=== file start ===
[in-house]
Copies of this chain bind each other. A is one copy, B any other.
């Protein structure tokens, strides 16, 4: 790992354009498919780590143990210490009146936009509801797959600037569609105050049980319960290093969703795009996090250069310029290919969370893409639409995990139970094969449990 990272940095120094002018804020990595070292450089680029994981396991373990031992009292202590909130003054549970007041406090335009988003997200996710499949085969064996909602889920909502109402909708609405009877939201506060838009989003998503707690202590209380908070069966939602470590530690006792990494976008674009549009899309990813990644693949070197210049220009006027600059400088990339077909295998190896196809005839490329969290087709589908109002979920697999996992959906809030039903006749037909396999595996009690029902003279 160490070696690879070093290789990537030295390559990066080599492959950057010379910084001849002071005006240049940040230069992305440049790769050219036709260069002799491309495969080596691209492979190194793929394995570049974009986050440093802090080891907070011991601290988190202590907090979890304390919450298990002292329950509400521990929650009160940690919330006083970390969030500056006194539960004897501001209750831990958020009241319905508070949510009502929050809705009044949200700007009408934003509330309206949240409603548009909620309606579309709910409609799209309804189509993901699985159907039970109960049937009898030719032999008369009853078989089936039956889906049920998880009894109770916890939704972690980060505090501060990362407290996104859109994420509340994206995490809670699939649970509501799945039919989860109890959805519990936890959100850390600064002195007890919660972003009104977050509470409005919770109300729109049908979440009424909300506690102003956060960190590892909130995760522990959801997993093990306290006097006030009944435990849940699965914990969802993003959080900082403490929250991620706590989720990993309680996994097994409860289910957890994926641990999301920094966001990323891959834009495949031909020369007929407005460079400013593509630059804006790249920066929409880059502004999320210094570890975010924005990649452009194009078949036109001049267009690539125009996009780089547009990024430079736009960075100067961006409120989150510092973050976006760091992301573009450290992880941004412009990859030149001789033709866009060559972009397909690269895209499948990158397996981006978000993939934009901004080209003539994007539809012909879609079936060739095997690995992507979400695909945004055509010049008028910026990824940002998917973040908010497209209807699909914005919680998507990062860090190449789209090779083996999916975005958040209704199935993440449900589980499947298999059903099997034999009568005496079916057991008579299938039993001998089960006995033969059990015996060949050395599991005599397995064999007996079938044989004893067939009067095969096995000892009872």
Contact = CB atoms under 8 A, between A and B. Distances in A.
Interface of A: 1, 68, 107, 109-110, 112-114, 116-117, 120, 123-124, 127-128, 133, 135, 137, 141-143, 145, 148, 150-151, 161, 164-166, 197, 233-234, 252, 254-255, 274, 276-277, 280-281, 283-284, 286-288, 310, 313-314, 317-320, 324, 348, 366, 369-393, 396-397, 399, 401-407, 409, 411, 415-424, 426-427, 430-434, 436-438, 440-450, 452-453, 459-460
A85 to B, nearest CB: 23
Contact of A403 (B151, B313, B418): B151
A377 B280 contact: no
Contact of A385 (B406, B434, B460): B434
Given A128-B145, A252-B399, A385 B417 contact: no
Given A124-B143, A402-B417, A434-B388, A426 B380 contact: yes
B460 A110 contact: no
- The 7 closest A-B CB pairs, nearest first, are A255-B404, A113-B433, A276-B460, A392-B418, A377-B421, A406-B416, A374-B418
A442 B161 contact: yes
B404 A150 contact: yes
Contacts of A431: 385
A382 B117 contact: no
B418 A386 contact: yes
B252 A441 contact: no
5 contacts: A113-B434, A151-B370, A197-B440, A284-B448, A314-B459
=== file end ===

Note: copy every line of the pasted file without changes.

[in-house]
Copies of this chain bind each other. A is one copy, B any other.
């Protein structure tokens, strides 16, 4: 790992354009498919780590143990210490009146936009509801797959600037569609105050049980319960290093969703795009996090250069310029290919969370893409639409995990139970094969449990 990272940095120094002018804020990595070292450089680029994981396991373990031992009292202590909130003054549970007041406090335009988003997200996710499949085969064996909602889920909502109402909708609405009877939201506060838009989003998503707690202590209380908070069966939602470590530690006792990494976008674009549009899309990813990644693949070197210049220009006027600059400088990339077909295998190896196809005839490329969290087709589908109002979920697999996992959906809030039903006749037909396999595996009690029902003279 160490070696690879070093290789990537030295390559990066080599492959950057010379910084001849002071005006240049940040230069992305440049790769050219036709260069002799491309495969080596691209492979190194793929394995570049974009986050440093802090080891907070011991601290988190202590907090979890304390919450298990002292329950509400521990929650009160940690919330006083970390969030500056006194539960004897501001209750831990958020009241319905508070949510009502929050809705009044949200700007009408934003509330309206949240409603548009909620309606579309709910409609799209309804189509993901699985159907039970109960049937009898030719032999008369009853078989089936039956889906049920998880009894109770916890939704972690980060505090501060990362407290996104859109994420509340994206995490809670699939649970509501799945039919989860109890959805519990936890959100850390600064002195007890919660972003009104977050509470409005919770109300729109049908979440009424909300506690102003956060960190590892909130995760522990959801997993093990306290006097006030009944435990849940699965914990969802993003959080900082403490929250991620706590989720990993309680996994097994409860289910957890994926641990999301920094966001990323891959834009495949031909020369007929407005460079400013593509630059804006790249920066929409880059502004999320210094570890975010924005990649452009194009078949036109001049267009690539125009996009780089547009990024430079736009960075100067961006409120989150510092973050976006760091992301573009450290992880941004412009990859030149001789033709866009060559972009397909690269895209499948990158397996981006978000993939934009901004080209003539994007539809012909879609079936060739095997690995992507979400695909945004055509010049008028910026990824940002998917973040908010497209209807699909914005919680998507990062860090190449789209090779083996999916975005958040209704199935993440449900589980499947298999059903099997034999009568005496079916057991008579299938039993001998089960006995033969059990015996060949050395599991005599397995064999007996079938044989004893067939009067095969096995000892009872």
Contact = CB atoms under 8 A, between A and B. Distances in A.
Interface of A: 1, 68, 107, 109-110, 112-114, 116-117, 120, 123-124, 127-128, 133, 135, 137, 141-143, 145, 148, 150-151, 161, 164-166, 197, 233-234, 252, 254-255, 274, 276-277, 280-281, 283-284, 286-288, 310, 313-314, 317-320, 324, 348, 366, 369-393, 396-397, 399, 401-407, 409, 411, 415-424, 426-427, 430-434, 436-438, 440-450, 452-453, 459-460
A85 to B, nearest CB: 23
Contact of A403 (B151, B313, B418): B151
A377 B280 contact: no
Contact of A385 (B406, B434, B460): B434
Given A128-B145, A252-B399, A385 B417 contact: no
Given A124-B143, A402-B417, A434-B388, A426 B380 contact: yes
B460 A110 contact: no
- The 7 closest A-B CB pairs, nearest first, are A255-B404, A113-B433, A276-B460, A392-B418, A377-B421, A406-B416, A374-B418
A442 B161 contact: yes
B404 A150 contact: yes
Contacts of A431: 385
A382 B117 contact: no
B418 A386 contact: yes
B252 A441 contact: no
5 contacts: A113-B434, A151-B370, A197-B440, A284-B448, A314-B459